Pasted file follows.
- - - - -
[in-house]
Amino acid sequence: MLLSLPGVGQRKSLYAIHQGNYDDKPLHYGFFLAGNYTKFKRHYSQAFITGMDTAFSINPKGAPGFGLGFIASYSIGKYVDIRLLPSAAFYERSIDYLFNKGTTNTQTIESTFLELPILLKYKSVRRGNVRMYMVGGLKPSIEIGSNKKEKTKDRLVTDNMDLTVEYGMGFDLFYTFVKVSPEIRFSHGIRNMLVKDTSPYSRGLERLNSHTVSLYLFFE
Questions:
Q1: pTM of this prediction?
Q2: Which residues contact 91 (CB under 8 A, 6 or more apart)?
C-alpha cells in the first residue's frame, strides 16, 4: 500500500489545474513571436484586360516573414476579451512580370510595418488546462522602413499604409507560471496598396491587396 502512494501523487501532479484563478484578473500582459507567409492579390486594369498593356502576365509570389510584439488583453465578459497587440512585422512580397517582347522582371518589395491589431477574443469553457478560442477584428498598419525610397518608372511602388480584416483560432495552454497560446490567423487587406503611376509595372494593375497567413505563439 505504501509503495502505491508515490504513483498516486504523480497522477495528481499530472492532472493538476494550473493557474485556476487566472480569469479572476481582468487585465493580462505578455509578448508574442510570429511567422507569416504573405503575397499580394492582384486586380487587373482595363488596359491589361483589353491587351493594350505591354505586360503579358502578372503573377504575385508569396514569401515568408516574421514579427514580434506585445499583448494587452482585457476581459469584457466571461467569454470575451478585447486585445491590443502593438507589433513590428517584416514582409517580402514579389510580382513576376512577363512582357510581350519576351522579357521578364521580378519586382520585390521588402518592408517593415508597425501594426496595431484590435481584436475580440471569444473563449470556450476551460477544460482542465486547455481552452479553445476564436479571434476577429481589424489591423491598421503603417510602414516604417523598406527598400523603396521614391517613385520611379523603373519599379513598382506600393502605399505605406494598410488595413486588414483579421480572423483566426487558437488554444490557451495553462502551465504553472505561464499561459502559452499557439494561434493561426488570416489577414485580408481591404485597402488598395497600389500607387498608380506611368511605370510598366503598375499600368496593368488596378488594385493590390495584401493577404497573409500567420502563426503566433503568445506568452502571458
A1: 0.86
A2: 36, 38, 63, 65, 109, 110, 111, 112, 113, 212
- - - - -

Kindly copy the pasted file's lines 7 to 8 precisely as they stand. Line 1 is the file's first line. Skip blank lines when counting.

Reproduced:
A1: 0.86
A2: 36, 38, 63, 65, 109, 110, 111, 112, 113, 212